“I think it’s just indefensible what went on with the Montiero case,” City Councillor Kenneth E. Reeves ’72 told The Crimson in March, when he voted against extending the manager’s contract. “This is a way of doing business in government that I cannot support.”
But for the most part, Healy has managed to hold onto public favor for more than three decades. Sheldon Cohen, the former owner of Out of Town News who has been called the unofficial mayor of Harvard Square, attributes Healy’s longevity in office to his ability to stay out of the political crossfire.
“He kept away from the limelight,” Cohen says. “He kept away from the politics—for a person to be in a position for 30 odd years, that tells you something.”
Born echoes a similar sentiment.
“Bob is kind of above politics,” she says. “He, insofar as he could, tried to transcend the politics and squabbles on the Council.”
Most Cambridge politicos consider Healy’s ability to expertly manage the city’s budget his biggest strength.
Sheila T. Russell, a former Cambridge mayor, recalls the city’s shaky fiscal situation when Healy took over, at a time when the state had just implemented a tax code that severely cut down the city’s spending money.
“The finances of the city were not very good,” Russell says. “He was able to bring us up to a triple-A rating.”
Cambridge Mayor Henrietta J. Davis also praises Healy’s ability to place balancing the budget above satisfying the desires of the City Council.
“He’s been unwavering about having a consistent and responsible fiscal policy,” Davis says. “‘If you want the things you say you want,’ he says to the us on the Council, ‘you have to be fiscally responsible also.’”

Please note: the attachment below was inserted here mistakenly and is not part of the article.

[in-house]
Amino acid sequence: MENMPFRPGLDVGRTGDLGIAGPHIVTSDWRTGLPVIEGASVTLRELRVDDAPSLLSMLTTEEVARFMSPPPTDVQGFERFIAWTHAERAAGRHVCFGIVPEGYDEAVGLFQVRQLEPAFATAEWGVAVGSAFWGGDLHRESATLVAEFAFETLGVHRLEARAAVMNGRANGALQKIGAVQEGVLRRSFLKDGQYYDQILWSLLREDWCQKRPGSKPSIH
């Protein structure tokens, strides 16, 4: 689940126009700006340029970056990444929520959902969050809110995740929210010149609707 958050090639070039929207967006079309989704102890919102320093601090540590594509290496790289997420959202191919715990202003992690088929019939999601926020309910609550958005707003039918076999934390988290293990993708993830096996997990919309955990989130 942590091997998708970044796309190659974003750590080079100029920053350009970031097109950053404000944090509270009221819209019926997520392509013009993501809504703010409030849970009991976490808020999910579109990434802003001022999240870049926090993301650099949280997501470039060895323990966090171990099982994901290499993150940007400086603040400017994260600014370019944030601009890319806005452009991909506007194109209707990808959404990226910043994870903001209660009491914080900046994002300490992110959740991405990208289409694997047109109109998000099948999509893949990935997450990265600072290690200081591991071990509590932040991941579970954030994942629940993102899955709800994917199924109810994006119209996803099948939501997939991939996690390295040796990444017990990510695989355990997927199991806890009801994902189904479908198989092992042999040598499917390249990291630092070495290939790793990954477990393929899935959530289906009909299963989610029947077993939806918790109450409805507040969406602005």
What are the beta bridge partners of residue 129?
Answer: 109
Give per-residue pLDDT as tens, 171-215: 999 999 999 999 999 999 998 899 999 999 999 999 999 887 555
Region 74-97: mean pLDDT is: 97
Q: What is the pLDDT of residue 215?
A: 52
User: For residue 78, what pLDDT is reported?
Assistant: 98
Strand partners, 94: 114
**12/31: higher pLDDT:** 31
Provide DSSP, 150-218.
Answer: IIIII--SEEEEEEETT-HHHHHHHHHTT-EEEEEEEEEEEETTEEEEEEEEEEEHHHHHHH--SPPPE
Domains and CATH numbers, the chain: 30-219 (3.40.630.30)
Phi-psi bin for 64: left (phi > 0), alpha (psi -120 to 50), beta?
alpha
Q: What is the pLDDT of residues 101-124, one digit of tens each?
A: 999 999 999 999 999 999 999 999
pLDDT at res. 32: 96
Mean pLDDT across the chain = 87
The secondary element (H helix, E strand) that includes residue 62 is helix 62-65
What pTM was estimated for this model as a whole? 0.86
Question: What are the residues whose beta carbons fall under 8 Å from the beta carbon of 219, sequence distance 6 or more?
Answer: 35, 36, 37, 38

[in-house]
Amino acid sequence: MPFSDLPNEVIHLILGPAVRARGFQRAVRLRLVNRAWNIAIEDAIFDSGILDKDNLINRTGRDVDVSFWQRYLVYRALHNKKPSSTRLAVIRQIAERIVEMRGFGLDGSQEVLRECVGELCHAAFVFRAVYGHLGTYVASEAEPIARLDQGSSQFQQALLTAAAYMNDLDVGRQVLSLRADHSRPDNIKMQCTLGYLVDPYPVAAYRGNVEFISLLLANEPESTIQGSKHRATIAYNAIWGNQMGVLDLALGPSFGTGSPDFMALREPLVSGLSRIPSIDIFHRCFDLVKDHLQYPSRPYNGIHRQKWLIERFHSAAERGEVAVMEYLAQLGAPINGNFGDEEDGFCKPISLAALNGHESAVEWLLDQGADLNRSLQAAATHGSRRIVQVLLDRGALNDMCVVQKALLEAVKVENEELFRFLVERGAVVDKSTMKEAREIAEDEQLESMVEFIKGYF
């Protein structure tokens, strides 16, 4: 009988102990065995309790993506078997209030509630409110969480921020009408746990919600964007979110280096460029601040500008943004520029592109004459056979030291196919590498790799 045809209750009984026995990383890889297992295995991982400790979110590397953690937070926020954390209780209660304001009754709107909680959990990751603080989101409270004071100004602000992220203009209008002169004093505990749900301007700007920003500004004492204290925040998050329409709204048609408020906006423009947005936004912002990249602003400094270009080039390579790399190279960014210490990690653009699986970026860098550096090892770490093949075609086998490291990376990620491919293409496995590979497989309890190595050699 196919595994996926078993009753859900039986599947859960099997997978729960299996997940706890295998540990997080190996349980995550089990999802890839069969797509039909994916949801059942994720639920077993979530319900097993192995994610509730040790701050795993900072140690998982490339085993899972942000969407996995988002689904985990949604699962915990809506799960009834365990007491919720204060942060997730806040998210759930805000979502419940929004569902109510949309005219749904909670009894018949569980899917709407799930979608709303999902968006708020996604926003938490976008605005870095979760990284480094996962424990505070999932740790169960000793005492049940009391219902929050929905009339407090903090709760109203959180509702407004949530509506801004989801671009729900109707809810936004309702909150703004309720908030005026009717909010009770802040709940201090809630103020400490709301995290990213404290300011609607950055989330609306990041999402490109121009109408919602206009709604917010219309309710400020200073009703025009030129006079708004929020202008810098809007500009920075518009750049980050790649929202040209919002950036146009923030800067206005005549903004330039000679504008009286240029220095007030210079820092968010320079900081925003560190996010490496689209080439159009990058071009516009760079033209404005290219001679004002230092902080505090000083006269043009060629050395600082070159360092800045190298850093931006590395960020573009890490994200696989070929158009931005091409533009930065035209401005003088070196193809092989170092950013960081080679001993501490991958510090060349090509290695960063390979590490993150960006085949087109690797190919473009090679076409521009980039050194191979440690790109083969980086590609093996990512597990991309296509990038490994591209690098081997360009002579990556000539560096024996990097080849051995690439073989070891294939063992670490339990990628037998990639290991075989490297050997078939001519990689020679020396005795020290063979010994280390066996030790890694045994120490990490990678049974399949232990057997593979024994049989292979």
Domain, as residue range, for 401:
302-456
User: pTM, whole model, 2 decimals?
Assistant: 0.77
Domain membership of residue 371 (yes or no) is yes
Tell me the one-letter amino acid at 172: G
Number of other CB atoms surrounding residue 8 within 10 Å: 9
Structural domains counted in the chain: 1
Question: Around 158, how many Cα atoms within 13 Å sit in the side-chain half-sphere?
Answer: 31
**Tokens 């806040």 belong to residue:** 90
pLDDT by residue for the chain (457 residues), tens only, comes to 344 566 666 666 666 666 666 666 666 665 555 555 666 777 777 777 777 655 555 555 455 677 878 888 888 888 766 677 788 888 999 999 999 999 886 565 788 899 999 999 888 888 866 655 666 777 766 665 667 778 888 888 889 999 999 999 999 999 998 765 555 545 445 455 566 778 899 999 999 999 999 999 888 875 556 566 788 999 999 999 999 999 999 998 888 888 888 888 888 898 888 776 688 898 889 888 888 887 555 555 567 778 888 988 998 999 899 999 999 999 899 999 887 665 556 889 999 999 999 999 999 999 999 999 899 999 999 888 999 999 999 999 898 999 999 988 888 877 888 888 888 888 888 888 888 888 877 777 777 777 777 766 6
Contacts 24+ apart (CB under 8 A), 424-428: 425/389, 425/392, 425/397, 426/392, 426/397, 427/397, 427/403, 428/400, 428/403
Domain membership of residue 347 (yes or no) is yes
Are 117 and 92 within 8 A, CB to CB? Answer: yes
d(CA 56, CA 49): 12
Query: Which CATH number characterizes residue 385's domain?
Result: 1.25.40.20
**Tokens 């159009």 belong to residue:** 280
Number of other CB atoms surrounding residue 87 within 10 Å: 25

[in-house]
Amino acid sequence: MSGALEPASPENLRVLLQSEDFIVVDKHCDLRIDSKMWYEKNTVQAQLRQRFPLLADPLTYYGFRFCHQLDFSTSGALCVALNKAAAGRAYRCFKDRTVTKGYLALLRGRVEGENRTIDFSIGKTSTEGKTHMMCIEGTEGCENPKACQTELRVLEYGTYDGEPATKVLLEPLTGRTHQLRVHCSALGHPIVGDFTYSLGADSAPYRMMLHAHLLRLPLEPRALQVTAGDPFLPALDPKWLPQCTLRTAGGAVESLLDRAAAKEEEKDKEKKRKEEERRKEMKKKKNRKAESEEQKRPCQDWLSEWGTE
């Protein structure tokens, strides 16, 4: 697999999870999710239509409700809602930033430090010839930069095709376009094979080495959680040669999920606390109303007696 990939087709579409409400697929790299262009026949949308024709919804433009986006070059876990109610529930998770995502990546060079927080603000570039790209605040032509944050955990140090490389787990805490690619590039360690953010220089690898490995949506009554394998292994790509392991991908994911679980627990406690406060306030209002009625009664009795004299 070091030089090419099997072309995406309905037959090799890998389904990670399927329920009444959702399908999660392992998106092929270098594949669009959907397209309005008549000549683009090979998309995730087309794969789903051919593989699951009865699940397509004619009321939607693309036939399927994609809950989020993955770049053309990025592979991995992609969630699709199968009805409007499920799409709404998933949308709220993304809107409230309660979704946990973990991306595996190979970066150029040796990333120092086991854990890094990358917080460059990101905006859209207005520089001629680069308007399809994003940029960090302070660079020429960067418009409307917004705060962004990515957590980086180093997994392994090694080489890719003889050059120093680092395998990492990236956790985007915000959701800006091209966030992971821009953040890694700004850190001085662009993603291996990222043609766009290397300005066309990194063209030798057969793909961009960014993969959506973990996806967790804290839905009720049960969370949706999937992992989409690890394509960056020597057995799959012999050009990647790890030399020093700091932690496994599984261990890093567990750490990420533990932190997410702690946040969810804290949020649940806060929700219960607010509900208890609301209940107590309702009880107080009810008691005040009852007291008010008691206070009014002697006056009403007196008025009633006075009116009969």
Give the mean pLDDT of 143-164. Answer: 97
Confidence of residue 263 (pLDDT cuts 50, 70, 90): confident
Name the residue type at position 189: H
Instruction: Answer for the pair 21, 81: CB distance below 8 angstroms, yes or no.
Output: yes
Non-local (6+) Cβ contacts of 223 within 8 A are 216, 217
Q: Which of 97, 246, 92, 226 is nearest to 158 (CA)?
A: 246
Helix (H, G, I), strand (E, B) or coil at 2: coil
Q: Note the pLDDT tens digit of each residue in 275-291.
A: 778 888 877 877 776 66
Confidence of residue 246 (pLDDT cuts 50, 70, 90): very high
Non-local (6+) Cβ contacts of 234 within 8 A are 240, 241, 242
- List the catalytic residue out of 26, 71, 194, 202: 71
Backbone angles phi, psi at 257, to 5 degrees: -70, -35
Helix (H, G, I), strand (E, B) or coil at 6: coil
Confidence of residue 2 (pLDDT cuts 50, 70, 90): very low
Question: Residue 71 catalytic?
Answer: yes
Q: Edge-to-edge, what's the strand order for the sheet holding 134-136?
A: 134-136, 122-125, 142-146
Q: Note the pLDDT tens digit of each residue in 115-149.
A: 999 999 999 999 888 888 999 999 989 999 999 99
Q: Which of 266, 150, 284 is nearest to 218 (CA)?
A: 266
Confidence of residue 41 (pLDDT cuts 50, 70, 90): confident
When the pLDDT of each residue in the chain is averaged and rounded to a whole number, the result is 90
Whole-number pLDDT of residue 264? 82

The financial strength and stability Cambridge has attained during Healy’s time as manager are undeniable. But some argue that the city’s strong economy stems from its good chance to be home to Harvard, MIT, and the vibrant knowledge-based industry that the universities draw to the area.
“The city is fortunate because it has major universities,” Born says. “There are definitely some physical and cultural assets that the city has. But I think what the city manager has done is to provide very, very steady leadership, and he’s helped the city capitalize on its assets.”
When asked about his contribution to the financial success of the city, Healy acknowledges that “it’s always better to be lucky than good.” But he also notes ways that his decisions have helped to shape Cambridge.